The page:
Yes, the first stage, the stage of the Beginners – the Purgative Stage – can be described as a linear and incremental journey when lived rightly, one for which discipline and efforts for right habit are very important. But the second and third stages of the spiritual life are as different from the first, as adolescence and adulthood are different from childhood. The transition from the first to the second stage, however, is not a gradual and incremental one: it is characterized by a crisis for the soul – a “dark night.”

Entry into the Second Spiritual Stage: the Illuminative Stage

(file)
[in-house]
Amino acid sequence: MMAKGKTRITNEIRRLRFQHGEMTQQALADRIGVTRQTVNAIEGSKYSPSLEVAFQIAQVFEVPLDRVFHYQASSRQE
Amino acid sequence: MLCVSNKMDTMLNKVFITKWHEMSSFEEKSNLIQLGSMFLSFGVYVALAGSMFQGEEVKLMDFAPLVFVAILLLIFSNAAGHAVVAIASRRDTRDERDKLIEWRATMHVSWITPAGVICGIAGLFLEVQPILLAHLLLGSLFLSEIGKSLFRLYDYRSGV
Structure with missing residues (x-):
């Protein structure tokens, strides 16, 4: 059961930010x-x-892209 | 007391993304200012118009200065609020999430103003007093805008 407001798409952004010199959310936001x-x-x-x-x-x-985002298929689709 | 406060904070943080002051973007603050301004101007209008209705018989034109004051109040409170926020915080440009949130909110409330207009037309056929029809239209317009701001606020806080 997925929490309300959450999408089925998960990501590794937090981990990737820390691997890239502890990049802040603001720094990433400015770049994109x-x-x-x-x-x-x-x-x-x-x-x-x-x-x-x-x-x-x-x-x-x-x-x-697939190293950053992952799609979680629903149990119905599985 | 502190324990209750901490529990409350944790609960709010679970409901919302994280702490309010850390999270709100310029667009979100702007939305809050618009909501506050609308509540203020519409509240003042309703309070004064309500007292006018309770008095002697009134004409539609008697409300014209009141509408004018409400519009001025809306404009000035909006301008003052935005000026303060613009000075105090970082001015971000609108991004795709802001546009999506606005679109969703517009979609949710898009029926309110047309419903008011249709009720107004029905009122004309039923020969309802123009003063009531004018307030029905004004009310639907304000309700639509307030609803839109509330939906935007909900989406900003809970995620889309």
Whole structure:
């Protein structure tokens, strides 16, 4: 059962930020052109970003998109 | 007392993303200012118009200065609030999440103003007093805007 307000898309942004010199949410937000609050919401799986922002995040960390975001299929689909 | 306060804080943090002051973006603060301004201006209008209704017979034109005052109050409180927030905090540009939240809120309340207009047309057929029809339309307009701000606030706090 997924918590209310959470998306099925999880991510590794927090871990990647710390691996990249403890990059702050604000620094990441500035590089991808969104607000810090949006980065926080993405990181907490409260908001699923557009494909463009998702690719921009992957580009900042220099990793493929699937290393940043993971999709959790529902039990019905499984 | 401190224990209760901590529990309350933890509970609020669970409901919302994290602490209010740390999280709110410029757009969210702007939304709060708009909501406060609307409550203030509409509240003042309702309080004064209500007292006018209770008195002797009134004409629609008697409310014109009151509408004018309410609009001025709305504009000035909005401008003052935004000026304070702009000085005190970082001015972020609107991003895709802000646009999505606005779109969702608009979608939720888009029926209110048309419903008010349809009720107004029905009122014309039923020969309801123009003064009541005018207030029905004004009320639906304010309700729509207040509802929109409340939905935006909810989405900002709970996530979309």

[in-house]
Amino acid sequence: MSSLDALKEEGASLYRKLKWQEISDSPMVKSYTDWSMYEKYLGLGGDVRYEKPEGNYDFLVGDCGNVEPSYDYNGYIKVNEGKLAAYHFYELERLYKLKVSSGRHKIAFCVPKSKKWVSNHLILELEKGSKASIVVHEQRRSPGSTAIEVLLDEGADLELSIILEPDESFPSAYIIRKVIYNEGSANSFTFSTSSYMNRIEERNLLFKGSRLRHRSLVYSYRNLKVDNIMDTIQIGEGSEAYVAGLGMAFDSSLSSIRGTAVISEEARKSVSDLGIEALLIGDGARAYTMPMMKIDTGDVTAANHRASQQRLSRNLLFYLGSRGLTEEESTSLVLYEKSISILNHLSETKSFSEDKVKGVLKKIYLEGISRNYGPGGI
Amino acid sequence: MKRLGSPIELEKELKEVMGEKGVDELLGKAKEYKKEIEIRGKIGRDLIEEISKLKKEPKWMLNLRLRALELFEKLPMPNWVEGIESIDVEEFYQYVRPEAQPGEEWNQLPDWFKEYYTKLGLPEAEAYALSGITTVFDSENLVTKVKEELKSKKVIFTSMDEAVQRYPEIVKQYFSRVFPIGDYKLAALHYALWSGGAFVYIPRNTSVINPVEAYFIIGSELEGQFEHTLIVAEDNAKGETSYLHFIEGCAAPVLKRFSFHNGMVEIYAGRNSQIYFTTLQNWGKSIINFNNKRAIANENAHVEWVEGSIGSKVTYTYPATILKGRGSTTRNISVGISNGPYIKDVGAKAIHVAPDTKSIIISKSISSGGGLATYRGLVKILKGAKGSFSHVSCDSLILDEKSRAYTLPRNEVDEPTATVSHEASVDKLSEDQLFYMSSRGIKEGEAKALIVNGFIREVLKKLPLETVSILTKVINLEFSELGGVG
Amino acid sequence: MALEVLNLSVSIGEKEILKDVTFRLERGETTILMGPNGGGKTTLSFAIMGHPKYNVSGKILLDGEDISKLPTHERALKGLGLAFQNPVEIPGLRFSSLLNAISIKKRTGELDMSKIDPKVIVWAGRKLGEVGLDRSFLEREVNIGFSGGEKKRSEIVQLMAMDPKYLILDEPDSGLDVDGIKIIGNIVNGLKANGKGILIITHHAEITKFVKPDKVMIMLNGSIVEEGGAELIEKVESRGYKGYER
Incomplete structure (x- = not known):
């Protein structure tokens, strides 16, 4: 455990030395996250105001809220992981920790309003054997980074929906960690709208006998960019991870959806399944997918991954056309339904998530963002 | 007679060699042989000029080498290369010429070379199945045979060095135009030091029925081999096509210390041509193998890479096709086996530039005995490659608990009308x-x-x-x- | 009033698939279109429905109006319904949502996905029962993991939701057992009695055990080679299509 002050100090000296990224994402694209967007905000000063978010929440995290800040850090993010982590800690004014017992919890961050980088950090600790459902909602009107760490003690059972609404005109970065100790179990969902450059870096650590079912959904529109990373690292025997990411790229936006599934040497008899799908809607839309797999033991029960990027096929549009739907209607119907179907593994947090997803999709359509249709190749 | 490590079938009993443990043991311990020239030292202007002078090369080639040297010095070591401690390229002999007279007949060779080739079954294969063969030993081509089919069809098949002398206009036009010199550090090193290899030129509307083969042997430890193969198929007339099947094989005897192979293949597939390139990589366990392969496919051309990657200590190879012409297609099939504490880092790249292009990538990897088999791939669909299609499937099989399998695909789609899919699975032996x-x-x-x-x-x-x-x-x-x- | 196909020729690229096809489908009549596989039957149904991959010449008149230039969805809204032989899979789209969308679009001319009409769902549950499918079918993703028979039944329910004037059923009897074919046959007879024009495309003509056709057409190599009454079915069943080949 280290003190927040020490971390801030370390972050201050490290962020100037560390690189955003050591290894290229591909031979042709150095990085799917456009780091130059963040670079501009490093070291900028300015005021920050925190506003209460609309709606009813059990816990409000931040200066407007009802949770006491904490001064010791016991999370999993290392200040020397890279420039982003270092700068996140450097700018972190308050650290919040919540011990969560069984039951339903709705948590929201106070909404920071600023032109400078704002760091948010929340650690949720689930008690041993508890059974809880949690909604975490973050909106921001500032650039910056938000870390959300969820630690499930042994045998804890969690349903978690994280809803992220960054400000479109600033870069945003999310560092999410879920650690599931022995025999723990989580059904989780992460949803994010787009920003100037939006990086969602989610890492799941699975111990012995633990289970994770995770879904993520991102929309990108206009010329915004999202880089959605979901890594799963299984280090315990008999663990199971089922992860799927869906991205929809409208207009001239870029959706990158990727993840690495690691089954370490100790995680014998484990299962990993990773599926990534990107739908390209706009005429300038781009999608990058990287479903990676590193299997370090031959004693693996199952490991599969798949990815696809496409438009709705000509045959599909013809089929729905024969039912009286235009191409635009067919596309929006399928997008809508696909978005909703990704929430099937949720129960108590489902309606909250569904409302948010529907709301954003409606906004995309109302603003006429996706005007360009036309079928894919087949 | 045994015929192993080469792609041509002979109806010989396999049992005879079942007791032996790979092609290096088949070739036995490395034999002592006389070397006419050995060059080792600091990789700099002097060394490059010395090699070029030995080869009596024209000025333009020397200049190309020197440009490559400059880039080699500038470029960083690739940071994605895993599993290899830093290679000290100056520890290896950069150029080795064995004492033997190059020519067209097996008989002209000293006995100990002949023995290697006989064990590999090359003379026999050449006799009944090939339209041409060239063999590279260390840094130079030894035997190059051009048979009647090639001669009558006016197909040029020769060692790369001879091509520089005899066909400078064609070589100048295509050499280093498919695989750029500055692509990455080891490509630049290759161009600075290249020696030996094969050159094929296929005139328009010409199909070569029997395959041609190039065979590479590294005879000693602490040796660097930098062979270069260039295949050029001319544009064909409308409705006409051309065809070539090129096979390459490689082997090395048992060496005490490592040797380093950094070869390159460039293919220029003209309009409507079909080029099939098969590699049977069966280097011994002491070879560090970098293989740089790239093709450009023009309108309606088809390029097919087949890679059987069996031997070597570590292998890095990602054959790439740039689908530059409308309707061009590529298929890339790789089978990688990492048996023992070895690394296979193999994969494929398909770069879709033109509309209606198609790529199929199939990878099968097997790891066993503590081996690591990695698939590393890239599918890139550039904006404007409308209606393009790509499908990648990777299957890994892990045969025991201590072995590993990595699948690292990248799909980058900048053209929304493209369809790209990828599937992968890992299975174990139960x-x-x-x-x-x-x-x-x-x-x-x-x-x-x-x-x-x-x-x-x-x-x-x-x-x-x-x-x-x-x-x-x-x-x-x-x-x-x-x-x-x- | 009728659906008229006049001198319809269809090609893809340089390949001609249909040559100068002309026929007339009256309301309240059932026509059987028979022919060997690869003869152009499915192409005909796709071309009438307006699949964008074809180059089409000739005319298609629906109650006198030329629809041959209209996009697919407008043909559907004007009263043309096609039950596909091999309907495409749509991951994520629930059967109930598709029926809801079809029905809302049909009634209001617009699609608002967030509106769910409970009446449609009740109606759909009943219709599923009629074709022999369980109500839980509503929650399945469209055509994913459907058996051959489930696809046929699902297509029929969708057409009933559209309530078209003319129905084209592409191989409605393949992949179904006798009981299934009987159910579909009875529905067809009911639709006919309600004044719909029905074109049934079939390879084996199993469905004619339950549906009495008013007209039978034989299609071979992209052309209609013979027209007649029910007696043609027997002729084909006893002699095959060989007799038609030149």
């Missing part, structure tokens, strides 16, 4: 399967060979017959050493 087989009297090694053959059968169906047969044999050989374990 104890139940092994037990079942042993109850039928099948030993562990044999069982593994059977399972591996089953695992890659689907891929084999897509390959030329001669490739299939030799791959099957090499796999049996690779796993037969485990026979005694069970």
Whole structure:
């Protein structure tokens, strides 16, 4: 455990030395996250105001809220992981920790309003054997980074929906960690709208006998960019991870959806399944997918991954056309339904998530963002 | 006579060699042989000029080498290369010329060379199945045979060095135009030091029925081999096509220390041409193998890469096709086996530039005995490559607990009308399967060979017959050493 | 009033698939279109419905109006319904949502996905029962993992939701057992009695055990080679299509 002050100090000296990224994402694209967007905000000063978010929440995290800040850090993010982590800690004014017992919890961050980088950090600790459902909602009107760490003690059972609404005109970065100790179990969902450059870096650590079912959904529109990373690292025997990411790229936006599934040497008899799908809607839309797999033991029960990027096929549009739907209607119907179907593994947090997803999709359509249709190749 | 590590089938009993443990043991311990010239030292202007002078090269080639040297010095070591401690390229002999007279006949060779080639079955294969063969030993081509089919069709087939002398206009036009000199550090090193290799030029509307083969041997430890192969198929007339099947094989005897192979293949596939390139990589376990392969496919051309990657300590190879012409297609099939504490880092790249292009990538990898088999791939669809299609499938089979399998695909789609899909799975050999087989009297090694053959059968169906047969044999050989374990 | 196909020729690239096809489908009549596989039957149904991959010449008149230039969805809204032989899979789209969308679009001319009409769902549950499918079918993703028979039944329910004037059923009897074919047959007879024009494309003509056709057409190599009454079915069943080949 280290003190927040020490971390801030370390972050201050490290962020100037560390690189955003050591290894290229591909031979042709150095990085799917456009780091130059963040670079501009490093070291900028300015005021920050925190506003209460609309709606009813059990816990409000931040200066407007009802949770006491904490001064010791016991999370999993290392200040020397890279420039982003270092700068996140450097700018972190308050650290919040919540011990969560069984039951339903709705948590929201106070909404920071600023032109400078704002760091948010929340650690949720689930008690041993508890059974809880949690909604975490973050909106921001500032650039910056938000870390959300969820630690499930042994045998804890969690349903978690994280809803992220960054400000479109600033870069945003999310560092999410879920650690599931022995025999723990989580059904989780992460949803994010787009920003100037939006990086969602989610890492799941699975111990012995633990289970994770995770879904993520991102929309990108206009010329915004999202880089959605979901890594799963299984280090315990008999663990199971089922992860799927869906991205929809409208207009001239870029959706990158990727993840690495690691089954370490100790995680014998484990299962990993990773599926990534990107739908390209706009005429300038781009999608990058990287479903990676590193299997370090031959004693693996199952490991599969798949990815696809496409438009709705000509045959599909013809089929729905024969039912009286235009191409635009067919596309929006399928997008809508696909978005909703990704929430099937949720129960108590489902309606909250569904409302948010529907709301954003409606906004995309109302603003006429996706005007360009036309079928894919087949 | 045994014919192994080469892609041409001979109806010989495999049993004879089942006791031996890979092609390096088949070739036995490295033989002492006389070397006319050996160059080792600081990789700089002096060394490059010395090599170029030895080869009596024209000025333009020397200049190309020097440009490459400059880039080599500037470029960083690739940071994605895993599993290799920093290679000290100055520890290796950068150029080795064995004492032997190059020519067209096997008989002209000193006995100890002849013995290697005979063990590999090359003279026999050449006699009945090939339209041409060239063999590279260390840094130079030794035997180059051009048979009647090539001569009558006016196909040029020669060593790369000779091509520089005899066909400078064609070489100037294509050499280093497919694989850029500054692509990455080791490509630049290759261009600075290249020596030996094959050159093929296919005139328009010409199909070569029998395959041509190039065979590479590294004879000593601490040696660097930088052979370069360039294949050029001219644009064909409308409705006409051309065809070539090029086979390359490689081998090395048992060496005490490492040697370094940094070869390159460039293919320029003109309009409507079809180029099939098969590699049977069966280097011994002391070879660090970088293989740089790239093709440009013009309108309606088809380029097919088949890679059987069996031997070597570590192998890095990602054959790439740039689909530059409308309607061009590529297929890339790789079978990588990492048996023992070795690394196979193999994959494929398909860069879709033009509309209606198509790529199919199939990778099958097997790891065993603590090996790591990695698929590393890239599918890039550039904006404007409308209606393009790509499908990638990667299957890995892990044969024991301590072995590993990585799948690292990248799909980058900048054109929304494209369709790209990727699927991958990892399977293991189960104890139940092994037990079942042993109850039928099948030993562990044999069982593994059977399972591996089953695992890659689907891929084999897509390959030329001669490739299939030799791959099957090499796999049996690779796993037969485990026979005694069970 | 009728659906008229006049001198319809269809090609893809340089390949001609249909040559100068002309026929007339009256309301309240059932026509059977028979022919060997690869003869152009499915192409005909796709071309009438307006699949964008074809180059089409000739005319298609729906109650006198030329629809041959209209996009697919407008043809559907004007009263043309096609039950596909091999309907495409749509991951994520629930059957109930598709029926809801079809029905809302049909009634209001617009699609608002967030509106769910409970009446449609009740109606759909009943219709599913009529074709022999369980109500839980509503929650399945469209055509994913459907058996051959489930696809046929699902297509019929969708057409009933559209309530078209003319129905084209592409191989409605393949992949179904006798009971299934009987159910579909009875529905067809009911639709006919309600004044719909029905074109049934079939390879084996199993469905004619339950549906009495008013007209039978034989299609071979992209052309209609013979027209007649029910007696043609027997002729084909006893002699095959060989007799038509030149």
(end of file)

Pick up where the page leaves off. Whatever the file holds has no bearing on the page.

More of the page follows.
Preoccupation with oneself (seeking one’s best version, seeking what most benefits oneself) is expected in the first or Beginner’s Stage of the spiritual journey. But that is a defect that must be corrected, in order to progress in the spiritual life toward the maturity that is our vocation, in Christ. In the framework of St. Bernard of Clairvaux, the beginner’s mercenary love for God – that is, love for God because of the good that God can do for me – is radically changed in the next stage (although not completely transformed) when the good that God is in Himself is experientially realized. This change happens when a soul moves from the first or Beginner’s Stage to the second, the Illuminative Stage. In this Illuminative Stage, the soul realizes in himself a love of God and a sense of God’s holy perfection that so to speak takes him out of himself, and brings him to a previously unknown sense of awe and worship of God. This is, again, because of who God is now known to be in Himself, in His infinite and perfect greatness. This entry into the Illuminative Stage is truly and experientially an entry into “light” – but only after the experience of a new and difficult “darkness” of the Dark Night of the Senses. This Dark Night is needed for God to do a work of purgation in the soul that only God can do, and during which the soul can only passively allow God to do this work.